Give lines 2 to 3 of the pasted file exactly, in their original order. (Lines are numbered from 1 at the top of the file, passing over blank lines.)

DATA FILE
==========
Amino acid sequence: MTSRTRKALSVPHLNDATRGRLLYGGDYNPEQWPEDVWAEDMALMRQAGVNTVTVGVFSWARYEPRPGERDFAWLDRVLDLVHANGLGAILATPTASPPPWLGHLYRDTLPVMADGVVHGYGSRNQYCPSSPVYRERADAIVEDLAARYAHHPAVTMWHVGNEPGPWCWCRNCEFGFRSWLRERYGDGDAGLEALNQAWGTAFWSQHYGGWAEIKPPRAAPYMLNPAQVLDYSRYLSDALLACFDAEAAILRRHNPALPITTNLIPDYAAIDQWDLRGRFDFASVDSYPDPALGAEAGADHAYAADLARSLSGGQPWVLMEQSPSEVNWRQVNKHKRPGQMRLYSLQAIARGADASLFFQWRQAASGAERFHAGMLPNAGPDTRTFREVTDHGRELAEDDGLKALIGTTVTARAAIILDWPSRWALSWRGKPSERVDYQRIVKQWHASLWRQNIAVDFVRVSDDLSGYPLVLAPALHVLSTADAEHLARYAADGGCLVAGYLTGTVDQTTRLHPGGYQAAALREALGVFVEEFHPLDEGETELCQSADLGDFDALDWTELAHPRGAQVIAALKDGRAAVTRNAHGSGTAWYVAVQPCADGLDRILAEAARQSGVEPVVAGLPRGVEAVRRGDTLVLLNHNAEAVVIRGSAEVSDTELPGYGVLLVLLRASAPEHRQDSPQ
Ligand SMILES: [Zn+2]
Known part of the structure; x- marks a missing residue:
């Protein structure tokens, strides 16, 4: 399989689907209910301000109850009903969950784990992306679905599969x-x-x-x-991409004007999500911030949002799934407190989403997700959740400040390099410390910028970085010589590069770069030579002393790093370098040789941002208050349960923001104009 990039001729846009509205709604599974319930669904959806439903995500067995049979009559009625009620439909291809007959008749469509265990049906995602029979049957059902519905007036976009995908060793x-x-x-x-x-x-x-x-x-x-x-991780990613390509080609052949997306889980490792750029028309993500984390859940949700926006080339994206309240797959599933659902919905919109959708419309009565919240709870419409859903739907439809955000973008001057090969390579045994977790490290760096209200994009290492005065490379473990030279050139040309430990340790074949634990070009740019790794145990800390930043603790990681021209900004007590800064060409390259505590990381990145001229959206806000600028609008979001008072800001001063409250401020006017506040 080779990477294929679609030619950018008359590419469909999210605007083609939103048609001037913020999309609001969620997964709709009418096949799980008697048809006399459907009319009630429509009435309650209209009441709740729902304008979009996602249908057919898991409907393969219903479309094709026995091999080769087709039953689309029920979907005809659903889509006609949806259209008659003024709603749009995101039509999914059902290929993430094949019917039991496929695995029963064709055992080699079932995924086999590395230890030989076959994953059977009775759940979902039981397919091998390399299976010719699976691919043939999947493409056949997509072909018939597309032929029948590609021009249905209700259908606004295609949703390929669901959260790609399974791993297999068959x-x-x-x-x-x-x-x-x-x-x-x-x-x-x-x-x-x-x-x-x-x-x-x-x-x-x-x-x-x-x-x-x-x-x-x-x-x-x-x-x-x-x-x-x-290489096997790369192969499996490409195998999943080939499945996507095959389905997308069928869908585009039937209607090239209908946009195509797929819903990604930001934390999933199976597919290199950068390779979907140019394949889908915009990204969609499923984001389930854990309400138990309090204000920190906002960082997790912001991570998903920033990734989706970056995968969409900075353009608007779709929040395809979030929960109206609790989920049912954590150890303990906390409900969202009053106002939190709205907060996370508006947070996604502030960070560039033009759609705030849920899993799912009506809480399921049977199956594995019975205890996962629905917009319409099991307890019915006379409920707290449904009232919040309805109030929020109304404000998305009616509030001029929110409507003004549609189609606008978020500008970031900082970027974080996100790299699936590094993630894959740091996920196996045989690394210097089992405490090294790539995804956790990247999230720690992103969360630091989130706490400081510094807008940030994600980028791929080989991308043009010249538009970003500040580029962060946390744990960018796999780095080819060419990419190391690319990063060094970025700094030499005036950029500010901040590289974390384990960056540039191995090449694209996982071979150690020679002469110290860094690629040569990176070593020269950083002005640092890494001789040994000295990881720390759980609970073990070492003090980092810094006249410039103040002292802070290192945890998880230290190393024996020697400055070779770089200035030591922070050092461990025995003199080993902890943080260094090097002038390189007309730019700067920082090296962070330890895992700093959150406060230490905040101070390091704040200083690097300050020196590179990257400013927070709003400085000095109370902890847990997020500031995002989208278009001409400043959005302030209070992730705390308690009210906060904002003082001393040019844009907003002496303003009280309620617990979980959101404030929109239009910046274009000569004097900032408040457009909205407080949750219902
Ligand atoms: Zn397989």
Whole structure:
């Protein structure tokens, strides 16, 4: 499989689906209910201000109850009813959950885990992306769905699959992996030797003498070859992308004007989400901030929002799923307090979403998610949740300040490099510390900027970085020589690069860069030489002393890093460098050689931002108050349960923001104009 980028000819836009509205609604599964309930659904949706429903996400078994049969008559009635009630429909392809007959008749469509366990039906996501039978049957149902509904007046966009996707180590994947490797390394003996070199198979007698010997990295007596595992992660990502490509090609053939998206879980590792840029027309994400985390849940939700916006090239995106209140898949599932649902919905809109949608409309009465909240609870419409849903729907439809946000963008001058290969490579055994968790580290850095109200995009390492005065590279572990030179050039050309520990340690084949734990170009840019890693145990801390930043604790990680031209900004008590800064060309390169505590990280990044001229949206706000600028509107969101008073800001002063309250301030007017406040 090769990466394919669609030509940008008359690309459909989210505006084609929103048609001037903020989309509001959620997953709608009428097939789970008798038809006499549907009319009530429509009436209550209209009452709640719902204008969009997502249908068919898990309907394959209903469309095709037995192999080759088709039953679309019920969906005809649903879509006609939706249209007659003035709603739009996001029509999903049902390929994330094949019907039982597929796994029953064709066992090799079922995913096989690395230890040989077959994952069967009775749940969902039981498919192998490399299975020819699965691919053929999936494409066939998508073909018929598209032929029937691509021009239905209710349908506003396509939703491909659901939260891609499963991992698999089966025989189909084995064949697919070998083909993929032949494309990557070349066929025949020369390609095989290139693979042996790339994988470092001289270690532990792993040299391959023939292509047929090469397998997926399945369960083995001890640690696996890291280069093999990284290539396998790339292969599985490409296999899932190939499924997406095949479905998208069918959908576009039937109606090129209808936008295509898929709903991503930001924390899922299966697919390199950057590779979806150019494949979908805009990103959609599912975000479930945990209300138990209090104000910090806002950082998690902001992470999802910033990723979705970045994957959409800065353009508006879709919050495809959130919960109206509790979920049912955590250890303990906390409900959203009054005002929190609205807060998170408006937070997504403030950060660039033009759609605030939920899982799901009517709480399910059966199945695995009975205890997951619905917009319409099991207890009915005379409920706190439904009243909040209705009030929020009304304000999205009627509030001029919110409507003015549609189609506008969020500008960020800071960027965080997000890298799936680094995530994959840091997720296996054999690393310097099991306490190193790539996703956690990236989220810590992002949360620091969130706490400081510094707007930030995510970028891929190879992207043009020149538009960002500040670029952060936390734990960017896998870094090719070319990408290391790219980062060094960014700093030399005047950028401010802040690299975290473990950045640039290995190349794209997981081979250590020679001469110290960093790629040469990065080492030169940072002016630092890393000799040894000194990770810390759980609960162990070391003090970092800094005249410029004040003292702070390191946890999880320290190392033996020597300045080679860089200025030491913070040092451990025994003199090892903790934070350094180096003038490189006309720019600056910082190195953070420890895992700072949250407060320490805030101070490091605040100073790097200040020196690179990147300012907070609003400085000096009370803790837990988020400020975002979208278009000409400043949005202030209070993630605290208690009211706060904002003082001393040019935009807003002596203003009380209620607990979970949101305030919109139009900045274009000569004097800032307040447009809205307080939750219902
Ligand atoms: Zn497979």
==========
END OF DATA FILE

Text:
Ligand SMILES: [Zn+2]
Known part of the structure; x- marks a missing residue: